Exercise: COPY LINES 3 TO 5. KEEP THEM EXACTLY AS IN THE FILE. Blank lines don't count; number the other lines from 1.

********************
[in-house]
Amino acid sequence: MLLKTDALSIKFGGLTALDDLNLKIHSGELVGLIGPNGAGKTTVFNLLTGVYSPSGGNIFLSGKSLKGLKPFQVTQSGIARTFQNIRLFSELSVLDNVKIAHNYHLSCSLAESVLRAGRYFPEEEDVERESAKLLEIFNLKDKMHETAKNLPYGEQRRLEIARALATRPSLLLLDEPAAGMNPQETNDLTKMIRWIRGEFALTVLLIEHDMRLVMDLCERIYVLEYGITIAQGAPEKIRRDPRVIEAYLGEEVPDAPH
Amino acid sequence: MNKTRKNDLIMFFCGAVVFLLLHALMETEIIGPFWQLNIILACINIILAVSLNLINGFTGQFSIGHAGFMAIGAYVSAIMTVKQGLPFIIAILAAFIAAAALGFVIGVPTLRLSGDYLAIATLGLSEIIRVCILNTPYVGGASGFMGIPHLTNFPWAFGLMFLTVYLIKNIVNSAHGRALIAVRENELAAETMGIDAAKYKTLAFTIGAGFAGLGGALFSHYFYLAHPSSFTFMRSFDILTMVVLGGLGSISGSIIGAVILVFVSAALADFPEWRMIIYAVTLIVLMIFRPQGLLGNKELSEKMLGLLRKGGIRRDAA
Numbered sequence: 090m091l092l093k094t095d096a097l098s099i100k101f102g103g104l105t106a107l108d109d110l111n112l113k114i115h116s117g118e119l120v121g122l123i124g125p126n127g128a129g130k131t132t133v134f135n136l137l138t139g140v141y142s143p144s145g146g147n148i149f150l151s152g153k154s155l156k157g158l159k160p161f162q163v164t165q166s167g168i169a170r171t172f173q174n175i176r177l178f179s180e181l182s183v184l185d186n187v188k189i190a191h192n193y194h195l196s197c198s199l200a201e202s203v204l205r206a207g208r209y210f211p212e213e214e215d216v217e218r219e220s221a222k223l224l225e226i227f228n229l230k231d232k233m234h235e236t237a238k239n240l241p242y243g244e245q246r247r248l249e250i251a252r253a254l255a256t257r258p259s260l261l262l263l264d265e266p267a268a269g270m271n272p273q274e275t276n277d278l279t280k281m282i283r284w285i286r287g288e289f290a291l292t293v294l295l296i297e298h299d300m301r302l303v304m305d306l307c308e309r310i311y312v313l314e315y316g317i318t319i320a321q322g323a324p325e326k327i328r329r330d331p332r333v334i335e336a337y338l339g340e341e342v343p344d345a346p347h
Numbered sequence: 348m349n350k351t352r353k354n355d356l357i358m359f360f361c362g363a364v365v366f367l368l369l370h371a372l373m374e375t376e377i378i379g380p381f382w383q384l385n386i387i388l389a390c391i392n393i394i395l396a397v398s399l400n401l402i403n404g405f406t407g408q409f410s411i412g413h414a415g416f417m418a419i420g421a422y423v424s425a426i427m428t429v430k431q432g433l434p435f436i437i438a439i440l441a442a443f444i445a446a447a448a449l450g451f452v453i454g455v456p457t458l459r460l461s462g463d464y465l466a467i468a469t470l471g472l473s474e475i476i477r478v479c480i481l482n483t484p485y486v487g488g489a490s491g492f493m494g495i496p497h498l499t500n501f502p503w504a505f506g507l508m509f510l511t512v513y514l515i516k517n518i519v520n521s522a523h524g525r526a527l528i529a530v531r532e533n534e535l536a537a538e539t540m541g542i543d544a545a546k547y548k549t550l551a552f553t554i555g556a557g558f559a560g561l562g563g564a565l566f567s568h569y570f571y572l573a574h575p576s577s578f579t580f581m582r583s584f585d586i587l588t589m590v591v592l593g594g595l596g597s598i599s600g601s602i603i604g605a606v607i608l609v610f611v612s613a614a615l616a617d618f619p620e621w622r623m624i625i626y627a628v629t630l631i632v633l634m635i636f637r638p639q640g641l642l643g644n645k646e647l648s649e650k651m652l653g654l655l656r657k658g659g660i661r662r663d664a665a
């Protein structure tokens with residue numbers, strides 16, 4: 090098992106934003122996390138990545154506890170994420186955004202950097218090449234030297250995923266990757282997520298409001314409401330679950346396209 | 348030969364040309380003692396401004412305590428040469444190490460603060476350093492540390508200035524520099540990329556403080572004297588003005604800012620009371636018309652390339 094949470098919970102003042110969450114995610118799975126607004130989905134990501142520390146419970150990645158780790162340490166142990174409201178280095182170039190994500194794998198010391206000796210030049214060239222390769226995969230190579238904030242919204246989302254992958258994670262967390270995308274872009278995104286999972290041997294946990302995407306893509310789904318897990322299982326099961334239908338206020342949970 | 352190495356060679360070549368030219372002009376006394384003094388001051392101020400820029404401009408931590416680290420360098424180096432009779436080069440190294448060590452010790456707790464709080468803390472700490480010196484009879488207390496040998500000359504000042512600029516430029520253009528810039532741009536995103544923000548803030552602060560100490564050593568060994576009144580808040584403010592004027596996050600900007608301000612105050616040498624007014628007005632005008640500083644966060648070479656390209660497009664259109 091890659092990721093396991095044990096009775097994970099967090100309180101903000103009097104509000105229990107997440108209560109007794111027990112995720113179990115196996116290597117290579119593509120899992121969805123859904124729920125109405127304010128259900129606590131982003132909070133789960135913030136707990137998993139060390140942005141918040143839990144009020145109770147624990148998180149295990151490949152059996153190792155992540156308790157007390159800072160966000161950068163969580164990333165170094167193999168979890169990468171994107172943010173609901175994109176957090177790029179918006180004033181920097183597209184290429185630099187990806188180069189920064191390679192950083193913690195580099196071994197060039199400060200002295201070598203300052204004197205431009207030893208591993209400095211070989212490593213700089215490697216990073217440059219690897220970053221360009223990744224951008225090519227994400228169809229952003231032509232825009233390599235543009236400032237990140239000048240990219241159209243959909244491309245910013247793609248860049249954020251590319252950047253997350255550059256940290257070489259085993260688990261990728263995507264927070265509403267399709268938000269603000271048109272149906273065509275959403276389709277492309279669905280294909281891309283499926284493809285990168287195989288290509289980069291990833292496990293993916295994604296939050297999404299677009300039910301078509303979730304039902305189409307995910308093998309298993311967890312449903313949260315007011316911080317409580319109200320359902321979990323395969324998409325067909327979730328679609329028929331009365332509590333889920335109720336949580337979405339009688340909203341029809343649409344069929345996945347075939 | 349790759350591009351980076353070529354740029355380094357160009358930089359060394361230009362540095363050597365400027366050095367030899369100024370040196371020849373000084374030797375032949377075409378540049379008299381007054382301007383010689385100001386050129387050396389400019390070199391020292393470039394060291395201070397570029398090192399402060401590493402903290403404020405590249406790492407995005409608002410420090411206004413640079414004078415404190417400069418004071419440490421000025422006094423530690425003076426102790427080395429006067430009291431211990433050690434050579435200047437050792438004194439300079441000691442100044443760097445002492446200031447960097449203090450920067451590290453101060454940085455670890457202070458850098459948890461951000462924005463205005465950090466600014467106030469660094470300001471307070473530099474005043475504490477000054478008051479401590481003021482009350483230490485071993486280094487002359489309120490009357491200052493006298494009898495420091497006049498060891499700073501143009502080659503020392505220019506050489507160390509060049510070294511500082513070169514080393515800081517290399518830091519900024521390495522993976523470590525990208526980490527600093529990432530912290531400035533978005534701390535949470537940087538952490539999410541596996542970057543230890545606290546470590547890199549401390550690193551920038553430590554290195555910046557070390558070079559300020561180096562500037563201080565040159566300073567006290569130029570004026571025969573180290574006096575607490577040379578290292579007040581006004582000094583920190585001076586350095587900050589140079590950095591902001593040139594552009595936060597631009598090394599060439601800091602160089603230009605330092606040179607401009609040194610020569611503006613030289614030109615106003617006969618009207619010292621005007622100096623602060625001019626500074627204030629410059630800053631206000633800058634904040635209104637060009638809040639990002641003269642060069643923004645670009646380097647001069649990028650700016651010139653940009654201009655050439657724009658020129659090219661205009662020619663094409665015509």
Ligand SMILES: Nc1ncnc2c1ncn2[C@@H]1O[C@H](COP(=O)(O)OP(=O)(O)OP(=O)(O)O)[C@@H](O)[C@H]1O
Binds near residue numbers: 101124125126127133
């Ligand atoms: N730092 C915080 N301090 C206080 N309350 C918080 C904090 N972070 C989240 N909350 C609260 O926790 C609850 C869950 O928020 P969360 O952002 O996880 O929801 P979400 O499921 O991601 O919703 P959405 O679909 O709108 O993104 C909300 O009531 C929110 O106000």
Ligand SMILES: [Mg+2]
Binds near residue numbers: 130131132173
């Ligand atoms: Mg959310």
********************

Amino acid sequence: MNKTRKNDLIMFFCGAVVFLLLHALMETEIIGPFWQLNIILACINIILAVSLNLINGFTGQFSIGHAGFMAIGAYVSAIMTVKQGLPFIIAILAAFIAAAALGFVIGVPTLRLSGDYLAIATLGLSEIIRVCILNTPYVGGASGFMGIPHLTNFPWAFGLMFLTVYLIKNIVNSAHGRALIAVRENELAAETMGIDAAKYKTLAFTIGAGFAGLGGALFSHYFYLAHPSSFTFMRSFDILTMVVLGGLGSISGSIIGAVILVFVSAALADFPEWRMIIYAVTLIVLMIFRPQGLLGNKELSEKMLGLLRKGGIRRDAA
Numbered sequence: 090m091l092l093k094t095d096a097l098s099i100k101f102g103g104l105t106a107l108d109d110l111n112l113k114i115h116s117g118e119l120v121g122l123i124g125p126n127g128a129g130k131t132t133v134f135n136l137l138t139g140v141y142s143p144s145g146g147n148i149f150l151s152g153k154s155l156k157g158l159k160p161f162q163v164t165q166s167g168i169a170r171t172f173q174n175i176r177l178f179s180e181l182s183v184l185d186n187v188k189i190a191h192n193y194h195l196s197c198s199l200a201e202s203v204l205r206a207g208r209y210f211p212e213e214e215d216v217e218r219e220s221a222k223l224l225e226i227f228n229l230k231d232k233m234h235e236t237a238k239n240l241p242y243g244e245q246r247r248l249e250i251a252r253a254l255a256t257r258p259s260l261l262l263l264d265e266p267a268a269g270m271n272p273q274e275t276n277d278l279t280k281m282i283r284w285i286r287g288e289f290a291l292t293v294l295l296i297e298h299d300m301r302l303v304m305d306l307c308e309r310i311y312v313l314e315y316g317i318t319i320a321q322g323a324p325e326k327i328r329r330d331p332r333v334i335e336a337y338l339g340e341e342v343p344d345a346p347h
Numbered sequence: 348m349n350k351t352r353k354n355d356l357i358m359f360f361c362g363a364v365v366f367l368l369l370h371a372l373m374e375t376e377i378i379g380p381f382w383q384l385n386i387i388l389a390c391i392n393i394i395l396a397v398s399l400n401l402i403n404g405f406t407g408q409f410s411i412g413h414a415g416f417m418a419i420g421a422y423v424s425a426i427m428t429v430k431q432g433l434p435f436i437i438a439i440l441a442a443f444i445a446a447a448a449l450g451f452v453i454g455v456p457t458l459r460l461s462g463d464y465l466a467i468a469t470l471g472l473s474e475i476i477r478v479c480i481l482n483t484p485y486v487g488g489a490s491g492f493m494g495i496p497h498l499t500n501f502p503w504a505f506g507l508m509f510l511t512v513y514l515i516k517n518i519v520n521s522a523h524g525r526a527l528i529a530v531r532e533n534e535l536a537a538e539t540m541g542i543d544a545a546k547y548k549t550l551a552f553t554i555g556a557g558f559a560g561l562g563g564a565l566f567s568h569y570f571y572l573a574h575p576s577s578f579t580f581m582r583s584f585d586i587l588t589m590v591v592l593g594g595l596g597s598i599s600g601s602i603i604g605a606v607i608l609v610f611v612s613a614a615l616a617d618f619p620e621w622r623m624i625i626y627a628v629t630l631i632v633l634m635i636f637r638p639q640g641l642l643g644n645k646e647l648s649e650k651m652l653g654l655l656r657k658g659g660i661r662r663d664a665a